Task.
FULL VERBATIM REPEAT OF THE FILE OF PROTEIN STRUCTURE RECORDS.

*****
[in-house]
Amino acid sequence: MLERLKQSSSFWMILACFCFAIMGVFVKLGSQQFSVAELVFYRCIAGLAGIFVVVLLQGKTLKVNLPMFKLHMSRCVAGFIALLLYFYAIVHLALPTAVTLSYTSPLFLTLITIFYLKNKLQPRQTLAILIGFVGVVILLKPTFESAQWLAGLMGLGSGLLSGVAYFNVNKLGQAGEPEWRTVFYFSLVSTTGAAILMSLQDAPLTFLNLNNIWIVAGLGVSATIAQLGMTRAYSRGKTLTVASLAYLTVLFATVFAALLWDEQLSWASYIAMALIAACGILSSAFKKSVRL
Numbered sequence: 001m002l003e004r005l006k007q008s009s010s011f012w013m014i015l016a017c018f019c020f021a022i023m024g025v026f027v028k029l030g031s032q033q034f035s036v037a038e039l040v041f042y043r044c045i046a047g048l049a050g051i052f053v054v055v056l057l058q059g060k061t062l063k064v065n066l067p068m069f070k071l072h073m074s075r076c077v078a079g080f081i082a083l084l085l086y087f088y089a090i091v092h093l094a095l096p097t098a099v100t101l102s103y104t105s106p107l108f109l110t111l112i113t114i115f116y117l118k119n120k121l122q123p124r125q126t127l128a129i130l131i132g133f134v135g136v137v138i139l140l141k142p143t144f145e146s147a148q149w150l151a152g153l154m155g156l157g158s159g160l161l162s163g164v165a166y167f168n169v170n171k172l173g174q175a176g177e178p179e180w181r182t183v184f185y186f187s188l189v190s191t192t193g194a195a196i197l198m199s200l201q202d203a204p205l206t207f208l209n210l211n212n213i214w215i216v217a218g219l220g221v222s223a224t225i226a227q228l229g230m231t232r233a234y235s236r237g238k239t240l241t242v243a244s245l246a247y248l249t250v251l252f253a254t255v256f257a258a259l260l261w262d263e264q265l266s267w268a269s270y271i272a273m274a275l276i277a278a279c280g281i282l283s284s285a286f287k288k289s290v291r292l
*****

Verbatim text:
[in-house]
Amino acid sequence: MLERLKQSSSFWMILACFCFAIMGVFVKLGSQQFSVAELVFYRCIAGLAGIFVVVLLQGKTLKVNLPMFKLHMSRCVAGFIALLLYFYAIVHLALPTAVTLSYTSPLFLTLITIFYLKNKLQPRQTLAILIGFVGVVILLKPTFESAQWLAGLMGLGSGLLSGVAYFNVNKLGQAGEPEWRTVFYFSLVSTTGAAILMSLQDAPLTFLNLNNIWIVAGLGVSATIAQLGMTRAYSRGKTLTVASLAYLTVLFATVFAALLWDEQLSWASYIAMALIAACGILSSAFKKSVRL
Numbered sequence: 001m002l003e004r005l006k007q008s009s010s011f012w013m014i015l016a017c018f019c020f021a022i023m024g025v026f027v028k029l030g031s032q033q034f035s036v037a038e039l040v041f042y043r044c045i046a047g048l049a050g051i052f053v054v055v056l057l058q059g060k061t062l063k064v065n066l067p068m069f070k071l072h073m074s075r076c077v078a079g080f081i082a083l084l085l086y087f088y089a090i091v092h093l094a095l096p097t098a099v100t101l102s103y104t105s106p107l108f109l110t111l112i113t114i115f116y117l118k119n120k121l122q123p124r125q126t127l128a129i130l131i132g133f134v135g136v137v138i139l140l141k142p143t144f145e146s147a148q149w150l151a152g153l154m155g156l157g158s159g160l161l162s163g164v165a166y167f168n169v170n171k172l173g174q175a176g177e178p179e180w181r182t183v184f185y186f187s188l189v190s191t192t193g194a195a196i197l198m199s200l201q202d203a204p205l206t207f208l209n210l211n212n213i214w215i216v217a218g219l220g221v222s223a224t225i226a227q228l229g230m231t232r233a234y235s236r237g238k239t240l241t242v243a244s245l246a247y248l249t250v251l252f253a254t255v256f257a258a259l260l261w262d263e264q265l266s267w268a269s270y271i272a273m274a275l276i277a278a279c280g281i282l283s284s285a286f287k288k289s290v291r292l